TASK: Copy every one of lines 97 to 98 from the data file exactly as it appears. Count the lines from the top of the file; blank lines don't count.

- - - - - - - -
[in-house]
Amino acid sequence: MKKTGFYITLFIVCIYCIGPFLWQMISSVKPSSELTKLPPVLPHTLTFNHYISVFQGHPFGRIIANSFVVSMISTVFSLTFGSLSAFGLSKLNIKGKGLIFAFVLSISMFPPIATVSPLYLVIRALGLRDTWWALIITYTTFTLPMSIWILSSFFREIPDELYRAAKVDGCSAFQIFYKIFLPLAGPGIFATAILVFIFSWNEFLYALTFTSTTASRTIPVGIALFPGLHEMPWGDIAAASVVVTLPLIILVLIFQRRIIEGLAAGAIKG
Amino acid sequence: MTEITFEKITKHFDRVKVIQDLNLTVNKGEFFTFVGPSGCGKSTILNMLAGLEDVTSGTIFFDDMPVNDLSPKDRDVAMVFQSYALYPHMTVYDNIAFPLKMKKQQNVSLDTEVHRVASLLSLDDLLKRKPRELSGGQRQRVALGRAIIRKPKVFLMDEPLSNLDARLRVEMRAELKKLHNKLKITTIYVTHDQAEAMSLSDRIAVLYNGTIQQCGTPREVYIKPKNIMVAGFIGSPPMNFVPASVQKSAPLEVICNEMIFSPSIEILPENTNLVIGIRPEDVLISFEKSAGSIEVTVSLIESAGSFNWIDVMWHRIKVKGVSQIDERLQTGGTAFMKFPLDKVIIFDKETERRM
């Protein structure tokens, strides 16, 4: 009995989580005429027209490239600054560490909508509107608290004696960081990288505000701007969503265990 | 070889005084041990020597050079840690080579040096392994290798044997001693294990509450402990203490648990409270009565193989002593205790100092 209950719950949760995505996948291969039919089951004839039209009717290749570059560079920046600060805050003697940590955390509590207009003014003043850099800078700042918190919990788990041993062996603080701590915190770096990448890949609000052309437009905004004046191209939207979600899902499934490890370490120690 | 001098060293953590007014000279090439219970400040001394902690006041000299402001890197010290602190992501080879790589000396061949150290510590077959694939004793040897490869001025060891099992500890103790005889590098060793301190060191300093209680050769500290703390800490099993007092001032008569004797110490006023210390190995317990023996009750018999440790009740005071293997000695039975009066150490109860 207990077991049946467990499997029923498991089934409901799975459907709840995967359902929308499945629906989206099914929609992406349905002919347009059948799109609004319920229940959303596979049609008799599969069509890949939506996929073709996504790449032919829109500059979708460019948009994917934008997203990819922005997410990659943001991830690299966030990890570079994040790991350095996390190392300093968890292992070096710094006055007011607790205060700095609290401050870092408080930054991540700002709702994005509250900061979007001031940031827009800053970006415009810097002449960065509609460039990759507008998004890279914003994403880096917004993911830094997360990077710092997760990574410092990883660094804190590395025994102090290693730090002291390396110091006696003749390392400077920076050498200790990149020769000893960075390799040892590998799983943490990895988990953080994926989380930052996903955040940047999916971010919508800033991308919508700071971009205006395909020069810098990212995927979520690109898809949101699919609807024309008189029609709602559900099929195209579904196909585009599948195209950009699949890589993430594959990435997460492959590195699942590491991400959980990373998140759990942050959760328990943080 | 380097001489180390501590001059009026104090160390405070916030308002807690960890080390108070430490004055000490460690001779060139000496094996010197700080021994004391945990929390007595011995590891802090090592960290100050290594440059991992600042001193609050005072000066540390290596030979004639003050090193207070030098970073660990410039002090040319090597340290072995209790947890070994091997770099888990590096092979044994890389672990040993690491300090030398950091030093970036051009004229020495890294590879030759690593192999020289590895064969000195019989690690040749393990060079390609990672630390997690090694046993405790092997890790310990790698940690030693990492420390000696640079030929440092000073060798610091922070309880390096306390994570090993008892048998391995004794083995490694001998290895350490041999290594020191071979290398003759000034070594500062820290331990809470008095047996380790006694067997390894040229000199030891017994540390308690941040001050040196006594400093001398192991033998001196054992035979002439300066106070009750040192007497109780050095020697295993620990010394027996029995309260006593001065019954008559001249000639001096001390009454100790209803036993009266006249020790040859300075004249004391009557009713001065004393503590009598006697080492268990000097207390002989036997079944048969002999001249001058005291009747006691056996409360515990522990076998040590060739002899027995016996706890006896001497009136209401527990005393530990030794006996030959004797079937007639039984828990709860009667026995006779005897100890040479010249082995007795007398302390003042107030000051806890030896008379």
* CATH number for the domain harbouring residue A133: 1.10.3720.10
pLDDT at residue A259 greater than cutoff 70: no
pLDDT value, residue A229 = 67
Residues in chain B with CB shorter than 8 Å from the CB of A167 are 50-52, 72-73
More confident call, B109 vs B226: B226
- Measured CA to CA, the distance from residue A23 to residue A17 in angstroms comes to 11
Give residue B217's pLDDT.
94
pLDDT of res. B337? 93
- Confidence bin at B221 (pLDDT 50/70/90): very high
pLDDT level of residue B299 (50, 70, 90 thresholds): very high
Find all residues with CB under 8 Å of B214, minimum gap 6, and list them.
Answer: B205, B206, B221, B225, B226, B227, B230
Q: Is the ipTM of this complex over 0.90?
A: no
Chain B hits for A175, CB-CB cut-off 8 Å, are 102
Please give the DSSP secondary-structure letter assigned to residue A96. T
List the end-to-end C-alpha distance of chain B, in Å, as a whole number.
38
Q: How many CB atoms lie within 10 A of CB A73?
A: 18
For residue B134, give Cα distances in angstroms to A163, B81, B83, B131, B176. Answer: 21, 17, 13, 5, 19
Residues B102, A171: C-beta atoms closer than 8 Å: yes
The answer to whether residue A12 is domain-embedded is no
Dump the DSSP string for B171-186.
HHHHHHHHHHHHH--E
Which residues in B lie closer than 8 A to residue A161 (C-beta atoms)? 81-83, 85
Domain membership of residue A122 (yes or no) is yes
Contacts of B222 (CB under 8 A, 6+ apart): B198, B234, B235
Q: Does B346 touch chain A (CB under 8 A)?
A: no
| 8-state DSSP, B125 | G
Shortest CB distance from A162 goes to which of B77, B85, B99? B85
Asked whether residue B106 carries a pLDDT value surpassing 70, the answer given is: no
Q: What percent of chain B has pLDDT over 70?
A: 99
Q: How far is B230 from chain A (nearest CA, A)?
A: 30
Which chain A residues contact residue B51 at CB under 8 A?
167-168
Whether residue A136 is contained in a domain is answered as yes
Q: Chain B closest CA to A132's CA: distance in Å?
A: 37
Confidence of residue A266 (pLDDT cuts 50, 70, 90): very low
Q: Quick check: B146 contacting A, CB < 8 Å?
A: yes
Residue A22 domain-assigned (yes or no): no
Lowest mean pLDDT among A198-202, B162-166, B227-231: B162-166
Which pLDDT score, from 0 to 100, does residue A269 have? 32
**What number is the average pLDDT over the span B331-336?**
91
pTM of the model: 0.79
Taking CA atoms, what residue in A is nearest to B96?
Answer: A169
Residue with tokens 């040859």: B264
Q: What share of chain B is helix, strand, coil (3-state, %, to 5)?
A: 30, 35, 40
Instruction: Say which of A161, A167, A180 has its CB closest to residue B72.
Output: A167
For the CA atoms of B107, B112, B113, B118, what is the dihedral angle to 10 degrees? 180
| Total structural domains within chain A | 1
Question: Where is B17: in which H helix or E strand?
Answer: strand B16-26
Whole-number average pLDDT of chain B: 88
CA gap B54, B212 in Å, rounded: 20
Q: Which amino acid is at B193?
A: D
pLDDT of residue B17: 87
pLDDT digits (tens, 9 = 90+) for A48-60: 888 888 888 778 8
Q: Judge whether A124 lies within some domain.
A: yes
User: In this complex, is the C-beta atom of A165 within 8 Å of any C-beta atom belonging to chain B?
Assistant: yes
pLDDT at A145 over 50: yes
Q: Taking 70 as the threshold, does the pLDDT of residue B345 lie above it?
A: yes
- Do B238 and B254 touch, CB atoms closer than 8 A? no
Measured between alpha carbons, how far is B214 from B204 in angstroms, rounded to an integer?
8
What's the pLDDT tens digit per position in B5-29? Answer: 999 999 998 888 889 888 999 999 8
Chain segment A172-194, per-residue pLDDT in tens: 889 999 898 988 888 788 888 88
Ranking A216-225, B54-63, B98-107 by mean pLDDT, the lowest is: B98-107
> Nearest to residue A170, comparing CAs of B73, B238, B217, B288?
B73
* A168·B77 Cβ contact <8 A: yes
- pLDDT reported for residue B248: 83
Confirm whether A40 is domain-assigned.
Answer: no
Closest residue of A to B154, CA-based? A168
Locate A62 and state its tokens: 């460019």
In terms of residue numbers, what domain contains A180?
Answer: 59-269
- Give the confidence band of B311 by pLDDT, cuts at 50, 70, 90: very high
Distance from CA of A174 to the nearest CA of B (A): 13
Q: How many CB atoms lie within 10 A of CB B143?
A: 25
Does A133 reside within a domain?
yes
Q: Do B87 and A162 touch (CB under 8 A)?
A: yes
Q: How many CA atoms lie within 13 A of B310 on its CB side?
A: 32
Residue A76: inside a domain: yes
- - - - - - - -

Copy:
- Give the confidence band of B311 by pLDDT, cuts at 50, 70, 90: very high
Distance from CA of A174 to the nearest CA of B (A): 13